Previous Page
Next Page

2.1. General Installation Issues

Before installing MySQL, you should do the following:

Determine whether MySQL runs on your platform.

Choose a distribution to install.

Download the distribution and verify its integrity.

This section contains the information necessary to carry out these steps. After doing so, you can use the instructions in later sections of the chapter to install the distribution that you choose.

2.1.1. Operating Systems Supported by MySQL

This section lists the operating systems on which you can expect to be able to run MySQL.

We use GNU Autoconf, so it is possible to port MySQL to all modern systems that have a C++ compiler and a working implementation of POSIX threads. (Thread support is needed for the server. To compile only the client code, the only requirement is a C++ compiler.) We use and develop the software ourselves primarily on Linux (SuSE and Red Hat), FreeBSD, and Sun Solaris (versions 8 and 9).

MySQL has been reported to compile successfully on the following combinations of operating system and thread package. Note that for many operating systems, native thread support works only in the latest versions.

  • AIX 4.x, 5.x with native threads.

  • Amiga.

  • BSDI 2.x with the MIT-pthreads package.

  • BSDI 3.0, 3.1 and 4.x with native threads.

  • Digital Unix 4.x with native threads.

  • FreeBSD 2.x with the MIT-pthreads package.

  • FreeBSD 3.x and 4.x with native threads.

  • FreeBSD 4.x with LinuxThreads.

  • HP-UX 10.20 with the DCE threads or the MIT-pthreads package.

  • HP-UX 11.x with the native threads.

  • Linux 2.0+ with LinuxThreads 0.7.1+ or glibc 2.0.7+ for various CPU architectures.

  • Mac OS X.

  • NetBSD 1.3/1.4 Intel and NetBSD 1.3 Alpha (requires GNU make).

  • Novell NetWare 6.0 and 6.5.

  • OpenBSD 2.5 and with native threads. OpenBSD earlier than 2.5 with the MITp-threads package.

  • OS/2 Warp 3, FixPack 29 and OS/2 Warp 4, FixPack 4.

  • SCO OpenServer 5.0.X with a recent port of the FSU Pthreads package.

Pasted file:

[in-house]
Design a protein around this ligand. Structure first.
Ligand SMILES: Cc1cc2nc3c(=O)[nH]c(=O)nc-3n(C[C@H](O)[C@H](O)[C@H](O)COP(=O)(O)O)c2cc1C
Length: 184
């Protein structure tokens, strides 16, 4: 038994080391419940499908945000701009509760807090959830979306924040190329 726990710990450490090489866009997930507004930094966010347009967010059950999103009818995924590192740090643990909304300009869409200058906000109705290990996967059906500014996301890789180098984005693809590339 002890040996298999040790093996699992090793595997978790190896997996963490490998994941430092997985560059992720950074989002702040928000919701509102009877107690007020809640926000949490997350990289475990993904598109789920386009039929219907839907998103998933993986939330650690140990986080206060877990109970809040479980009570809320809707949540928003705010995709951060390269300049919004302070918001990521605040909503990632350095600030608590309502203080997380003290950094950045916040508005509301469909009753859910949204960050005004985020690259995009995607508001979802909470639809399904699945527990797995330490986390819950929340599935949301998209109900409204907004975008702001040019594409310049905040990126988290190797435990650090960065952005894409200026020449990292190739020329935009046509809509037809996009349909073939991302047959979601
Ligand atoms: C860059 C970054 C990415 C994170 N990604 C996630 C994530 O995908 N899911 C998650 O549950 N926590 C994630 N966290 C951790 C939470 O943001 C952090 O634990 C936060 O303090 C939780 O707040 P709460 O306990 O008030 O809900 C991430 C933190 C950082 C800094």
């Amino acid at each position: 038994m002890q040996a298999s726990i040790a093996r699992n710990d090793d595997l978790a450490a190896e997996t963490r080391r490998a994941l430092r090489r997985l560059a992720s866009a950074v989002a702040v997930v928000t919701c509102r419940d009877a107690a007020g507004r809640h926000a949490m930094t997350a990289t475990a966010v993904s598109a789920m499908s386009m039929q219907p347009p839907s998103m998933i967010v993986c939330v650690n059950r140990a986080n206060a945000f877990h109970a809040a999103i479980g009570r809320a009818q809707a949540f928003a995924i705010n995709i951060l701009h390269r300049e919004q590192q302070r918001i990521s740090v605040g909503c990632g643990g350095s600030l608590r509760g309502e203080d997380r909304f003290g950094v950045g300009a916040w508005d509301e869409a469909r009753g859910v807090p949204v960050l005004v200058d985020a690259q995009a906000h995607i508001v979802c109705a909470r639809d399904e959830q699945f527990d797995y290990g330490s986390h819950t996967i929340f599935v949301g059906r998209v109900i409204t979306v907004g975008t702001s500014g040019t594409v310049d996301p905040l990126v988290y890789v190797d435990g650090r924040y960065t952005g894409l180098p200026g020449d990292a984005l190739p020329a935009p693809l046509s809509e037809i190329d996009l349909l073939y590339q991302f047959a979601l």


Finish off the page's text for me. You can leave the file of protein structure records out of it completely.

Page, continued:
• SCO Openserver 6.0.x.

  • SCO UnixWare 7.1.x.

  • SGI Irix 6.x with native threads.

  • Solaris 2.5 and above with native threads on SPARC and x86.

  • SunOS 4.x with the MIT-pthreads package.

  • Tru64 Unix.

  • Windows 9x, Me, NT, 2000, XP, and Windows Server 2003.

Not all platforms are equally well-suited for running MySQL. How well a certain platform is suited for a high-load mission-critical MySQL server is determined by the following factors:

  • General stability of the thread library. A platform may have an excellent reputation otherwise, but MySQL is only as stable as the thread library it calls, even if everything else is perfect.

  • The capability of the kernel and the thread library to take advantage of symmetric multi-processor (SMP) systems. In other words, when a process creates a thread, it should be possible for that thread to run on a CPU different from the original process.

  • The capability of the kernel and the thread library to run many threads that acquire and release a mutex over a short critical region frequently without excessive context switches. If the implementation of pthread_mutex_lock() is too anxious to yield CPU time, this hurts MySQL tremendously. If this issue is not taken care of, adding extra CPUs actually makes MySQL slower.

  • General filesystem stability and performance.